As the weather turns warmer and activities start moving outdoors, consider using wasp-repellent plants as a safe and sustainable way to deter uninvited guests.
With apologies to entomologists, it’s safe to say that wasps are among the most universally reviled of our fellow creatures. It’s not hard to see why: they’re aggressive, their stings are painful (and, to millions of Americans, potentially lethal), and they tend to disrupt our favorite summer pastimes. Wasps are important to the environment, but that doesn’t mean we want them near our swimming pools, patios and barbecues.
There are plenty of simple and well-known ways to avoid attracting wasps, and we also have a guide on how to safely get rid of wasps once they’ve already arrived. However, the best defense is a good offense — in this case, a sustainable strategy for keeping wasps out of your space in the first place. Fortunately, there’s a safe, easy and aesthetically pleasing way to deter these pesky predators without resorting to harmful chemicals: strategically using wasp-repellent plants.
Wasp-Repellent Plants: How Do They Work?
Certain plants have evolved the ability to defend themselves against wasps by releasing chemicals that they can’t stand. These wasp-repellent plants emit an olfactory “force field” that repels wasps as soon as they detect it. If you incorporate these plants into your outdoor spaces, you can harness the power of nature to create no-wasp zones and give your garden a glow-up at the same time.
There is no shortage of plants to choose from, and each has unique benefits, along with its power to ward off wasps. Without further ado, let’s meet our contestants.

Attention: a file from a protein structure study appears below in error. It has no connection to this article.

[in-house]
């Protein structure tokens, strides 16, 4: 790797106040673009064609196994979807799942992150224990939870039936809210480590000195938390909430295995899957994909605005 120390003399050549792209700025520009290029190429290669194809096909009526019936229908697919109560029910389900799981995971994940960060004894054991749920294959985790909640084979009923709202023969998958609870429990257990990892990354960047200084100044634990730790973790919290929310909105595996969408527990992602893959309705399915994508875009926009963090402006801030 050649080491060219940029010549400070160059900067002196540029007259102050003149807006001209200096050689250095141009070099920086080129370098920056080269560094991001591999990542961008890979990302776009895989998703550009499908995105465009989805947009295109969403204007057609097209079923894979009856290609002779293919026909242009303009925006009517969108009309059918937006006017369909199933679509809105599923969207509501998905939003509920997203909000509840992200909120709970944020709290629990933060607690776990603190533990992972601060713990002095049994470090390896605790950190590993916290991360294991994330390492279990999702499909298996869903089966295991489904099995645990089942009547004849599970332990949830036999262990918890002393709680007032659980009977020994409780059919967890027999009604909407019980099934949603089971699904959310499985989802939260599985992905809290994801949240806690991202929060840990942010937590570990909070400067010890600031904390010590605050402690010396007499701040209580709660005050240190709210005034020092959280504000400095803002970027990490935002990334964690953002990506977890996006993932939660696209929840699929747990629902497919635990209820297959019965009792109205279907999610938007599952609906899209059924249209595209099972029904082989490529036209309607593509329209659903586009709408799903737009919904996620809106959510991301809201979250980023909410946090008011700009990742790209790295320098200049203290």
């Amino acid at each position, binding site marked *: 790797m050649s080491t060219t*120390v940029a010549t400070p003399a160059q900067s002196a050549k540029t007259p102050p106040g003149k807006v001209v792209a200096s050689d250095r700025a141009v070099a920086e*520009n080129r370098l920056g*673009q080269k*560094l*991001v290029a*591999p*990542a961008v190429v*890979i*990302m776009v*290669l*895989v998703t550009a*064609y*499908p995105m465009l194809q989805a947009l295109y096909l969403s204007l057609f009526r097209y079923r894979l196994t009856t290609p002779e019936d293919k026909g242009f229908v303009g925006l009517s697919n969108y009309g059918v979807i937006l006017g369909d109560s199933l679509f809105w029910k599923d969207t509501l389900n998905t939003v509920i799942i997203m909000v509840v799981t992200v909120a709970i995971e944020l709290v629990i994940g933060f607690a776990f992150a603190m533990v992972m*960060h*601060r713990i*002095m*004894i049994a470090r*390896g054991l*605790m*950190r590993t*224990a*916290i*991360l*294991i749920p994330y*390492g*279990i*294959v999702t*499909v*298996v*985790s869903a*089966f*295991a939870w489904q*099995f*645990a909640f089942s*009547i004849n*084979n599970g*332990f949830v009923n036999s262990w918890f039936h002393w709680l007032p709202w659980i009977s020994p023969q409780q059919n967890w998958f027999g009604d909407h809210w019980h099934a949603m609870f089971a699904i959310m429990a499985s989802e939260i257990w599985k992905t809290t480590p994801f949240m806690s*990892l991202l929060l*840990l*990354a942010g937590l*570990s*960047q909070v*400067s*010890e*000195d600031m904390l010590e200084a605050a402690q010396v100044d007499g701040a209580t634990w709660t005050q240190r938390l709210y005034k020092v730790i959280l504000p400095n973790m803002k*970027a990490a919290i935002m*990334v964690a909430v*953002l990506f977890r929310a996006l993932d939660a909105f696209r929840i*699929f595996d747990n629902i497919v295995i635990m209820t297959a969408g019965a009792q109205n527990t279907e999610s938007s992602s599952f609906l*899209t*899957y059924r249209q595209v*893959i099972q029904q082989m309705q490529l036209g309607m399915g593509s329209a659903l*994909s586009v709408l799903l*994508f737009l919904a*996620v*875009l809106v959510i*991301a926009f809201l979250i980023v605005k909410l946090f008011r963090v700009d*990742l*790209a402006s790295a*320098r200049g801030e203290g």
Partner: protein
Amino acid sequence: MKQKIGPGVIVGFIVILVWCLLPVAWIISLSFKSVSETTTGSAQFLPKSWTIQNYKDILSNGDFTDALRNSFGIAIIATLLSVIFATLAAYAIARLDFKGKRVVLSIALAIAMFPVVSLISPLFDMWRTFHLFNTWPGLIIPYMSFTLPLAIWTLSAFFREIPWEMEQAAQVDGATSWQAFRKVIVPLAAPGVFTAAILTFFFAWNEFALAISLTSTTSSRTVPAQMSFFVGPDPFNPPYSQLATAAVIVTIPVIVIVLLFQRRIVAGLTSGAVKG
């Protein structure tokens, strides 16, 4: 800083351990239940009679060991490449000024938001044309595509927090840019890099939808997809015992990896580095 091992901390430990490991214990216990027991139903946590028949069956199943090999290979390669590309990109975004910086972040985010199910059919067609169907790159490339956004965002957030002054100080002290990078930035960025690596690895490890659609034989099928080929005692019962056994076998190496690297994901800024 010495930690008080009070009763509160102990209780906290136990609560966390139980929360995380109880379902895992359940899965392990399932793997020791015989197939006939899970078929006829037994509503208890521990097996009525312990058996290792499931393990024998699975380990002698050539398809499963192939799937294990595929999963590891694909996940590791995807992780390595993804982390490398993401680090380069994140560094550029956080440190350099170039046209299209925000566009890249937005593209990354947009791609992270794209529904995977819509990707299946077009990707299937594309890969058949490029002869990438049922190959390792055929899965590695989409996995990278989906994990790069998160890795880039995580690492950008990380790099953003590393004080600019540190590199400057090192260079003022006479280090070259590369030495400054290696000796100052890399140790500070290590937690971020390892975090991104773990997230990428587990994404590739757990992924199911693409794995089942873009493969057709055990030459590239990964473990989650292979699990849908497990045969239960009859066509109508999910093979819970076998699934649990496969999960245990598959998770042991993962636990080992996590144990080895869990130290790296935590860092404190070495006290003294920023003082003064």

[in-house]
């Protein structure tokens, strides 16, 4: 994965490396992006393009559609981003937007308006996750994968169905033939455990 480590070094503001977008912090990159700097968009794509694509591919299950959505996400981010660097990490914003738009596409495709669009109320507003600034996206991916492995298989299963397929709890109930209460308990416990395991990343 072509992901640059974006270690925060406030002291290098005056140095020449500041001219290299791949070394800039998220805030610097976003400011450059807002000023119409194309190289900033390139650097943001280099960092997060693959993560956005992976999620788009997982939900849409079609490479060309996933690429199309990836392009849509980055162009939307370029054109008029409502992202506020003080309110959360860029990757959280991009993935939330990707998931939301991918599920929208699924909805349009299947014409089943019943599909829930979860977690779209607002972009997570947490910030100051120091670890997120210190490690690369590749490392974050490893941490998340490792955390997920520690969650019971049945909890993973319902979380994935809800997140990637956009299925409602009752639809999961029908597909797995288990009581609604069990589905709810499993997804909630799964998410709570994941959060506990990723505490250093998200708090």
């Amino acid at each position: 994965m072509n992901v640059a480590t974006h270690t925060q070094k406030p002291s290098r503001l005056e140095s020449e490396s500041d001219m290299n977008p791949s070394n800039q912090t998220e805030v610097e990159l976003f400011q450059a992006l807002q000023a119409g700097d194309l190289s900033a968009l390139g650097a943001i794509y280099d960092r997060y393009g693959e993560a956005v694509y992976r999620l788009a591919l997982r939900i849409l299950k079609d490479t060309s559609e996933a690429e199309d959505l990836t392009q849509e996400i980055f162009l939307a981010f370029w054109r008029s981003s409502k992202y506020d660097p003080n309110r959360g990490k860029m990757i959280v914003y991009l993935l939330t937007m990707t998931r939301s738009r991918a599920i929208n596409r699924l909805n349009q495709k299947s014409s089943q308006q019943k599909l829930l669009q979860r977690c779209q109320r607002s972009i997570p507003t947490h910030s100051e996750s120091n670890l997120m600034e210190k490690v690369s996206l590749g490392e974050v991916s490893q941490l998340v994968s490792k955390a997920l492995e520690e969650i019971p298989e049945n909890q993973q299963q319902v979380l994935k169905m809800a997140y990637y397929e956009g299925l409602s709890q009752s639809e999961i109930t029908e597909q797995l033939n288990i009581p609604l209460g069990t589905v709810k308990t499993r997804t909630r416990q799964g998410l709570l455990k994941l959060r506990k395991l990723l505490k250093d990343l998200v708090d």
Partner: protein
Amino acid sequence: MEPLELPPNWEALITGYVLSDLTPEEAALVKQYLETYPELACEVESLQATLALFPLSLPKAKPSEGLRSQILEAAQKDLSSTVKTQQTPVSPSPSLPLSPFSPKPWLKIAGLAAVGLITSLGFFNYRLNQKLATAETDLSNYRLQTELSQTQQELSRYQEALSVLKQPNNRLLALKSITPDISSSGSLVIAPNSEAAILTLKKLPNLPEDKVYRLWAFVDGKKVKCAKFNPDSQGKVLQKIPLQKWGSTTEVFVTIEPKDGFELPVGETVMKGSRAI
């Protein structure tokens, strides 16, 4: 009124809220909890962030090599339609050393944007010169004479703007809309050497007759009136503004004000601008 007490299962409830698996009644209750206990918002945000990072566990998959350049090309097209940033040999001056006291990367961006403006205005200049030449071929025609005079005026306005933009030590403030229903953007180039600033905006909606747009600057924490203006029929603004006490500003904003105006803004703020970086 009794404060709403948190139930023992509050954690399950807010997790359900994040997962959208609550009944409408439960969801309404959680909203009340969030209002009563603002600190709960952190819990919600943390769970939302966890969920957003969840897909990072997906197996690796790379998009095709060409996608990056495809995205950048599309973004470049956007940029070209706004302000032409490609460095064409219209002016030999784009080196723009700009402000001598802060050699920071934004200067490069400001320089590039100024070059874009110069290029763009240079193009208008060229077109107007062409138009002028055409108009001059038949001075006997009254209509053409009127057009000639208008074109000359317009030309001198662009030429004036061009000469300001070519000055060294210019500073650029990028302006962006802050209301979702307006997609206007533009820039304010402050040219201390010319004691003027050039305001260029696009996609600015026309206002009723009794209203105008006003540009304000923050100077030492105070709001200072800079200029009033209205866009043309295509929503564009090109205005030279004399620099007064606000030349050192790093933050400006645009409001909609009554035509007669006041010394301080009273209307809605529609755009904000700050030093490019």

Basil leaves contain essential oils traditionally used to treat insect bites; anecdotally, the very scent of these oils alone is repugnant to wasps and other insects. Crushing the leaves releases a plume of fragrance, as every cook knows; fortunately for us, wasps can pick up the scent from undamaged leaves as they’re growing, which makes basil a highly effective deterrent.
However, once it starts blooming, flowering basil can have the opposite of the intended effect and end up attracting insects. As your basil grows, be sure to pinch off any buds before they bloom to prevent these wasp-repellent plants from becoming wasp attractants.
Did you know basil is a great candidate for your kitchen herb garden too?
Many people know citronella as a tried-and-true method for repelling mosquitoes, but its essential oil can also do double duty as an effective wasp deterrent. Soak cotton balls in citronella oil and place them strategically around your chosen area to enjoy freedom from both kinds of airborne pests. Citronella candles can also do the trick and provide mood lighting, although their efficacy is not as well-established as the cotton ball method.
One caveat is that citronella is toxic to pets. While it’s safe for humans, animals should be kept away from citronella products, so you may want to consider using other wasp-repellent plants if you have pets to consider.
3. Wasp-Repellent Plants: Eucalyptus
Wasps loathe eucalyptus’s sharp and camphorous scent as much as koalas love it. The eucalyptus is a hardy tree with a speedy growth rate and high drought tolerance, and its characteristic aroma will keep wasps at bay. However, its tendency to grow quite large means you’ll want to keep spatial constraints in mind.
While the mere presence of eucalyptus trees will tell wasps they’re not welcome, you can focus and maximize the effect of these wasp-repellent plants by diluting eucalyptus oil with water in a spray bottle. Give your setting a liberal spritzing before you fire up the barbecue or open the wine, and enjoy a pleasantly aromatic embargo on wasps that you can refresh as needed.